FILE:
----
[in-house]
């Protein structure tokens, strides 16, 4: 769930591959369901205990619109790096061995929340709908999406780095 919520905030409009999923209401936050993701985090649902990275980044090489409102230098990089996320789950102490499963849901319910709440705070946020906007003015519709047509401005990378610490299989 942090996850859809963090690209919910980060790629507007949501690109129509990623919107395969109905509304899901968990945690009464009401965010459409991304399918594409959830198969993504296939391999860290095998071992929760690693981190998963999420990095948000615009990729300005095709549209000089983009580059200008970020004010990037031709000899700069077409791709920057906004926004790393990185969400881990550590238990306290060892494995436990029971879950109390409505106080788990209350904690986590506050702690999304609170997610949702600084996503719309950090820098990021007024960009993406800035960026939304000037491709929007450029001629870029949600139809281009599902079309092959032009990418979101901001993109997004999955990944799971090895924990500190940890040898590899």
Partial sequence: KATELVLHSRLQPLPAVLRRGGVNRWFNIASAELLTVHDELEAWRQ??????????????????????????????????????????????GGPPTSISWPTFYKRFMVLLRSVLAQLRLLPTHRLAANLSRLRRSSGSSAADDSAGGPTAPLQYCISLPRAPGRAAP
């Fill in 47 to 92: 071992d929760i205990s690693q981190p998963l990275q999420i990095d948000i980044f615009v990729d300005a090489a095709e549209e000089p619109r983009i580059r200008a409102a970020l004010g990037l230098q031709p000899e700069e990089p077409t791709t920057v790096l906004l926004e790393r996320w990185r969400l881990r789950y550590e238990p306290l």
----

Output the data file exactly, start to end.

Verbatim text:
[in-house]
């Protein structure tokens, strides 16, 4: 769930591959369901205990619109790096061995929340709908999406780095 919520905030409009999923209401936050993701985090649902990275980044090489409102230098990089996320789950102490499963849901319910709440705070946020906007003015519709047509401005990378610490299989 942090996850859809963090690209919910980060790629507007949501690109129509990623919107395969109905509304899901968990945690009464009401965010459409991304399918594409959830198969993504296939391999860290095998071992929760690693981190998963999420990095948000615009990729300005095709549209000089983009580059200008970020004010990037031709000899700069077409791709920057906004926004790393990185969400881990550590238990306290060892494995436990029971879950109390409505106080788990209350904690986590506050702690999304609170997610949702600084996503719309950090820098990021007024960009993406800035960026939304000037491709929007450029001629870029949600139809281009599902079309092959032009990418979101901001993109997004999955990944799971090895924990500190940890040898590899």
Partial sequence: KATELVLHSRLQPLPAVLRRGGVNRWFNIASAELLTVHDELEAWRQ??????????????????????????????????????????????GGPPTSISWPTFYKRFMVLLRSVLAQLRLLPTHRLAANLSRLRRSSGSSAADDSAGGPTAPLQYCISLPRAPGRAAP
């Fill in 47 to 92: 071992d929760i205990s690693q981190p998963l990275q999420i990095d948000i980044f615009v990729d300005a090489a095709e549209e000089p619109r983009i580059r200008a409102a970020l004010g990037l230098q031709p000899e700069e990089p077409t791709t920057v790096l906004l926004e790393r996320w990185r969400l881990r789950y550590e238990p306290l």